The first thing a young trainer learns after becoming skilled at cooling out his owners is variations on the phrase it was just what we wanted.

Whether it refers to the manner of a recent victory or the speed and style of a just completed workout, it was perfect. Its up to him now, hes as fit as hands can make him. Hell have no excuses.

In the case of the final Kentucky Derby preparations for the undefeated Curlin and juvenile champion Street Sense, their concluding trials were perfect unless, of course, either or both are outrun.

Curlin, certainly fit enough after having run within the last three weeks, had a conditioning breeze at Keeneland on April 23 and on Monday had a perfect lung-opener at Churchill Downs. The half-mile work, termed breezing, was timed in :48 2/5. This followed an opening quarter mile of :24 1/5. Nice, even, 12-second furlongs always put smiles on the faces of horsemen.

Curlin galloped out an additional eighth mile in :13 seconds, for five furlongs in 1:01 2/5.

If Curlins work was perfect, Tuesdays move by Street Sense was pluperfect.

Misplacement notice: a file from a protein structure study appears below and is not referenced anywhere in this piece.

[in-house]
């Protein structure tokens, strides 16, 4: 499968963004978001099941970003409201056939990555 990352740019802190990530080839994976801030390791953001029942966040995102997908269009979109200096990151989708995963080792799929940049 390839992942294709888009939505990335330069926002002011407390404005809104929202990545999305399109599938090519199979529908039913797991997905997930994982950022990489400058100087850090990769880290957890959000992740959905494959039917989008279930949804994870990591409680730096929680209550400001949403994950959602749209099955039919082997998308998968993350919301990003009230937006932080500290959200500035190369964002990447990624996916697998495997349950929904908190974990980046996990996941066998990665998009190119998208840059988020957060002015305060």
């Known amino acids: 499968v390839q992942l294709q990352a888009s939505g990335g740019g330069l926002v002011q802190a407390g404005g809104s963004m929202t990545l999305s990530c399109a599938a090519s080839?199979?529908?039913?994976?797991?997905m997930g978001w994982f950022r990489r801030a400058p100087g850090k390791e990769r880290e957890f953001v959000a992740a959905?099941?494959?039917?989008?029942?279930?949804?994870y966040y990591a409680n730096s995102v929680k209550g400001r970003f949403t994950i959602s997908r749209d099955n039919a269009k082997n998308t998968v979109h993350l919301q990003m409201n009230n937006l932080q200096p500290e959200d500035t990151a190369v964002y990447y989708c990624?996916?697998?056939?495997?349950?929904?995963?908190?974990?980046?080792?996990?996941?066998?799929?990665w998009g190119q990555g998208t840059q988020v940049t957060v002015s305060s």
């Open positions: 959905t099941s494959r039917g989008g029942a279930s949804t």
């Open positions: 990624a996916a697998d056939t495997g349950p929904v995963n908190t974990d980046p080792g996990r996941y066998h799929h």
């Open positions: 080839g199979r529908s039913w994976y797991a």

Following the glacially-paced Blue Grass, Street Sense needed a speed move and got one: five furlongs in :59, breezing. At once, the work put speed back into the colt and reaffirmed his preference for the Louisville track. I expected that trainer Carl Nafzger was looking for five-eighths in 1:01 Tuesday.

Could you, should you, say super-perfect-extra-good?

One minute and one fifth exactly, off a half-mile fraction of :49 4/5. Thats a final eighth in a worthy :11 1/5 and he galloped out another furlong in :12-flat, giving him a gallop-out time of 1:13 for six furlongs.

Without urging, Street Sense finished up his work/gallop in :23 1/5. This is textbook preparation for a race as demanding as the 20-horse Kentucky Derby.

Hard Spuns work earlier this week, however, is a difficult read. The good news is that he apparently loves Churchill Downs and with six weeks between starts needed a strong final move. What trainer Larry Jones got from Hard Spun, working in company early with a Grade 1-winning filly sprinter, was five-eighths in :57 3/5, the fastest recorded Derby week workout in 34 years.

Good horses work fast; fresh horses work fast. The colt reportedly was a little tired coming back to the barn but had his energy back within 15 minutes, according to Jones. Or was that meant to cool out the critics? Workouts are very important. They can win or lose races by being too fast or too slow.

In that context this very tough Derby puzzle just got a little tougher. Now, for todays post position draw, and a whole new set of handicapping riddles.